Plant Your Own Countertop Herb Garden

With Spring officially sprung here in Seattle I’ve been yearning to dig in the dirt, so I decided to go to the local nursery (along with everyone else!) and get supplies to plant the Gatheredtable test kitchen our very own herb garden. I hadn’t planted an indoor one in awhile since I grow many of my own herbs outside now, and I forgot how nice it is to have the herbs right there waiting for you to pick them! As I planted I reminded myself of a few of my favorite tips for indoor herb gardens and thought I’d share. Check back in weekly for the progress of our herb garden and to see what we’re making with the herbs we grow!


How to Grow Your Own Kitchen Herb Garden

Step 1 – Decide which herbs you want
The first decision to make is which herbs you want. The obvious answer is to choose the ones you cook with most often. Another consideration is if you’re planting them together in one big pot, or separately in smaller pots. If you’re planting them all together you’ll want to make sure that the herbs you choose like the same amount of sunlight and similar soil conditions. Rosemary, sage, marjoram, oregano, and parsley all prefer dry-ish soil and lots of sunshine. Tarragon, chives, basil, and cilantro all prefer wetter soil and slightly less direct (but still strong) light. Recently I found some great individually-sized secondhand pots so was able to choose the herbs we use most often regardless of how they work together. For this attempt at an herb garden I bought: basil, cilantro, oregano, thyme, and parsley.

For kitchen gardens I tend to prefer herbs I use only very small amounts of 1) because I hate buying the whole packet just to use a little, and 2) then the plant is able to easily survive weekly or daily use. We often use a lot of basil and cilantro so we’ll see how those survive and if I end up buying fewer of those at the store…

This is also a good time to think about if you want to use seeds or starts. For this garden I chose starts, mostly because all the spring sunshine is making me feel a little antsy for plants, but seeds are a great (and cheaper) option. If you’ve never gardened before I’d recommend starts though because getting them going is a little easier.

Step 2 – Gather your supplies
Now its time to head to your local nursery or hardware store. You’ll need:

  1. herb starts or seeds
  2. pots (herb roots rot easily so make sure you choose pots with holes in the bottom for good drainage, or buy some gravel to put in the bottom of your pots so the soil doesn’t get too soggy)
  3. planting soil
  4. fertilizer

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If you’re a more ambitious DIY’er check out some great ideas for cool planters and space saving ideas on decorlove.com. DROOL!! My next free weekend I am totally trying my hand at one of these.

It may seem obvious, but when choosing starts make sure to choose ones that look strong and healthy (not ones that are already half dead).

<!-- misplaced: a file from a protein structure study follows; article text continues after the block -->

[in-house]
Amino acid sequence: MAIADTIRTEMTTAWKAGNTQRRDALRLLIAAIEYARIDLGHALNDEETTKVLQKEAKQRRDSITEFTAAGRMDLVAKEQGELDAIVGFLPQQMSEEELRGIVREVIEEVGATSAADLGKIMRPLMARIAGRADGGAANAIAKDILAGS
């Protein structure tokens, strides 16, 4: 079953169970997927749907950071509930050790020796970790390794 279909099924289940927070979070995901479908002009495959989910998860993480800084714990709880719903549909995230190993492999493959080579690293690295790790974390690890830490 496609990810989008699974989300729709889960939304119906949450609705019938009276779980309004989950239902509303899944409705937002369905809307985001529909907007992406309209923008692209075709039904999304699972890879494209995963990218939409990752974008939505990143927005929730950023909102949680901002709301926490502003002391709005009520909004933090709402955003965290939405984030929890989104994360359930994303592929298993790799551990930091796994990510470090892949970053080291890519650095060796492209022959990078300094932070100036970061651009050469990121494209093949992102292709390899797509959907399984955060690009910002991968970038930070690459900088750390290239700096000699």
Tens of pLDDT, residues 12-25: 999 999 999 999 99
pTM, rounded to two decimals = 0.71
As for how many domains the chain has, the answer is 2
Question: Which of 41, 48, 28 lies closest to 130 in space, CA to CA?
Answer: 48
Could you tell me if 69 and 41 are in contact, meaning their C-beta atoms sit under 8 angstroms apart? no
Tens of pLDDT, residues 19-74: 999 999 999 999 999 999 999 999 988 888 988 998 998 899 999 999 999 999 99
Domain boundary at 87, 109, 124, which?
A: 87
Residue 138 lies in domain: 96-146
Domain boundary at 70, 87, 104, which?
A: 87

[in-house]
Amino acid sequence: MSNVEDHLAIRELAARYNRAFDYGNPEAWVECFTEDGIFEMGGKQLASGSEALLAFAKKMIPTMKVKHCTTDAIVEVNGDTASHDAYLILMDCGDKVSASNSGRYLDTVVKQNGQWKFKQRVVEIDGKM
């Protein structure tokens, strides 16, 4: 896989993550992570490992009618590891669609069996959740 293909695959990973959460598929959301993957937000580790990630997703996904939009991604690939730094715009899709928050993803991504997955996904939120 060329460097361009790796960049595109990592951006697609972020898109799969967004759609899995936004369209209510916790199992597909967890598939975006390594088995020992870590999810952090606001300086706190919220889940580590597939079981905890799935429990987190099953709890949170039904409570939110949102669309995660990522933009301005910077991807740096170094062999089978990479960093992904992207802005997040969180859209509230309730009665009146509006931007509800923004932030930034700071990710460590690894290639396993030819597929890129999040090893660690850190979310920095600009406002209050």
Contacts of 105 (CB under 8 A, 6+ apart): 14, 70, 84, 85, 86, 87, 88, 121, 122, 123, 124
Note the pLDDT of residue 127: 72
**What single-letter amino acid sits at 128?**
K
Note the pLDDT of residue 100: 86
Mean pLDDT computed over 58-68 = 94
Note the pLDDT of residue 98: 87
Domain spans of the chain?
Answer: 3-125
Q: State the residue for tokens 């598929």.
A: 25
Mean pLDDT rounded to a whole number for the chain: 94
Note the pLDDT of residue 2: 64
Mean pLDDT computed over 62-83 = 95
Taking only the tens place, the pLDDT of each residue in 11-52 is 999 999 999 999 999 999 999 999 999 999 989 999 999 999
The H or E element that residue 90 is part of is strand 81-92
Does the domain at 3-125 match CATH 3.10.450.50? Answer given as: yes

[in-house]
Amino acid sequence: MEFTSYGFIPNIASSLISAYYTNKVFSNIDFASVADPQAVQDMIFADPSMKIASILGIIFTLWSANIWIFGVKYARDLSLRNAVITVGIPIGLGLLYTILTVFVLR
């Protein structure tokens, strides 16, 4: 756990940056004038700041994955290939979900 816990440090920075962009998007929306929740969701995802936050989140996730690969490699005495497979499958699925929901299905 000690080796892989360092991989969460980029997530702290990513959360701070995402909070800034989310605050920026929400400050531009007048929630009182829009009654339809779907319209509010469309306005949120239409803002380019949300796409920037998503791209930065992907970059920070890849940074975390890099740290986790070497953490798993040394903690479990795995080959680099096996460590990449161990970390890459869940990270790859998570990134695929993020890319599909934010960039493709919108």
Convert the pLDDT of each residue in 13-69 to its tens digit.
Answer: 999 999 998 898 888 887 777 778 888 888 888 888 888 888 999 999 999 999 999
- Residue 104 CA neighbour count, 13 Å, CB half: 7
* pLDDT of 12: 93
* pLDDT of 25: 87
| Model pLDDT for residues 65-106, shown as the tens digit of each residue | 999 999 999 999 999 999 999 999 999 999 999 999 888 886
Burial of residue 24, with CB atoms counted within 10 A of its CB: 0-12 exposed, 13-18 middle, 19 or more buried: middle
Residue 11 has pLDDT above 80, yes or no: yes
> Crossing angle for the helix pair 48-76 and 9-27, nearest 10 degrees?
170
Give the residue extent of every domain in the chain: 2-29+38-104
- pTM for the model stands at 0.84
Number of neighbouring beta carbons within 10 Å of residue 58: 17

Step 3 – Planting
Now that you have everything you need it’s time to plant.

  • If using gravel, place that in the pots first.
  • Fill pots with soil, leaving enough space for the whole root system of your starts.

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  • Place the starts in the pot, hold the leaves up, and fill in dirt around the edges (you don’t want to accidentally bury any little leaves). Once the start is steady gently tamp down the soil a little.

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  • Water the plants well and place in the appropriate amount of light for your herbs. Most herbs needs good strong (but not necessarily direct) sunlight to grow well, otherwise they’ll become leggy.

I’d highly recommend placing the little name cards that come with most starts into your pots, they not only give them name of the herb but often have good care instructions (how much water, sun etc.) that are nice to have readily accessible if you’re not an expert gardener.

If you’re using seeds here are a couple tips:

  • Soak the seeds for a couple hours before planting
  • After planting the seeds (at the depth specified on the seed packet) cover the container with plastic wrap and place somewhere with plenty of light.
  • Remove the plastic once sprouts emerge.
  • If you’re transplanting them to a larger container wait until there are 2 or more true leaves (leaves that look real instead of the tiny little ones that a sprout develops when it first emerges).

Step 4 – Ongoing Care
With a tiny bit of care, you’ll have a bounty of herbs to enjoy all season.

  • You’ll want to water herbs regularly, but not too much. A good rule of thumb is to check herbs daily and water when the top of the soil feels dry. If you’re using pots with holes in the bottom watch to make sure you don’t let water pool in the dish under the pot, herbs don’t like to be left in standing water.
  • After about ten days in a container you’ll want to start fertilizing your herbs a little. I prefer organic fish-based fertilizers for herbs but there are lots of special herb fertilizer mixes that work quite well.
  • Trim and use your herbs regularly, but don’t harvest too heavily. Keeping herbs well trimmed keeps them from getting leggy and stimulates growth and is especially important if you’re growing several herbs in one container (they need space for the air to circulate). Conversely, don’t harvest them too aggressively (especially in the beginning) or they won’t have enough leaves to continue to grow.

Step 5 – Enjoy!!
Now that you have your very own kitchen herb garden enjoy it! Here are some of our favorite recipes using fresh herbs:

Happy Growing!
Emily

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